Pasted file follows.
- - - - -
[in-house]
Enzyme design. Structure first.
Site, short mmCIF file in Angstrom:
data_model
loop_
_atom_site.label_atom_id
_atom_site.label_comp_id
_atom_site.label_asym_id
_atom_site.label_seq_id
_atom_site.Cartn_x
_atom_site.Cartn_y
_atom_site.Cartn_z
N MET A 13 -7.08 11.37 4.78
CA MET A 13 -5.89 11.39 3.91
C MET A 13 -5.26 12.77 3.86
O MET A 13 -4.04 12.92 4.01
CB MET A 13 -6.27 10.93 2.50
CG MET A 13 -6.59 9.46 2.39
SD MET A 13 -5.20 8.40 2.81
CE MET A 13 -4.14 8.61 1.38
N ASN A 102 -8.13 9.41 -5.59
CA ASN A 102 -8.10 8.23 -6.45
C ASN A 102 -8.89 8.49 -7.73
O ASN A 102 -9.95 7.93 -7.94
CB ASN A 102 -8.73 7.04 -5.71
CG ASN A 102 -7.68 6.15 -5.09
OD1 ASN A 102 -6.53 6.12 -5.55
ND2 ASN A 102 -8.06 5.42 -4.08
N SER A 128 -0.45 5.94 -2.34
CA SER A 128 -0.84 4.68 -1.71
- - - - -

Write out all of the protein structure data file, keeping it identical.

[in-house]
Enzyme design. Structure first.
Site, short mmCIF file in Angstrom:
data_model
loop_
_atom_site.label_atom_id
_atom_site.label_comp_id
_atom_site.label_asym_id
_atom_site.label_seq_id
_atom_site.Cartn_x
_atom_site.Cartn_y
_atom_site.Cartn_z
N MET A 13 -7.08 11.37 4.78
CA MET A 13 -5.89 11.39 3.91
C MET A 13 -5.26 12.77 3.86
O MET A 13 -4.04 12.92 4.01
CB MET A 13 -6.27 10.93 2.50
CG MET A 13 -6.59 9.46 2.39
SD MET A 13 -5.20 8.40 2.81
CE MET A 13 -4.14 8.61 1.38
N ASN A 102 -8.13 9.41 -5.59
CA ASN A 102 -8.10 8.23 -6.45
C ASN A 102 -8.89 8.49 -7.73
O ASN A 102 -9.95 7.93 -7.94
CB ASN A 102 -8.73 7.04 -5.71
CG ASN A 102 -7.68 6.15 -5.09
OD1 ASN A 102 -6.53 6.12 -5.55
ND2 ASN A 102 -8.06 5.42 -4.08
N SER A 128 -0.45 5.94 -2.34
CA SER A 128 -0.84 4.68 -1.71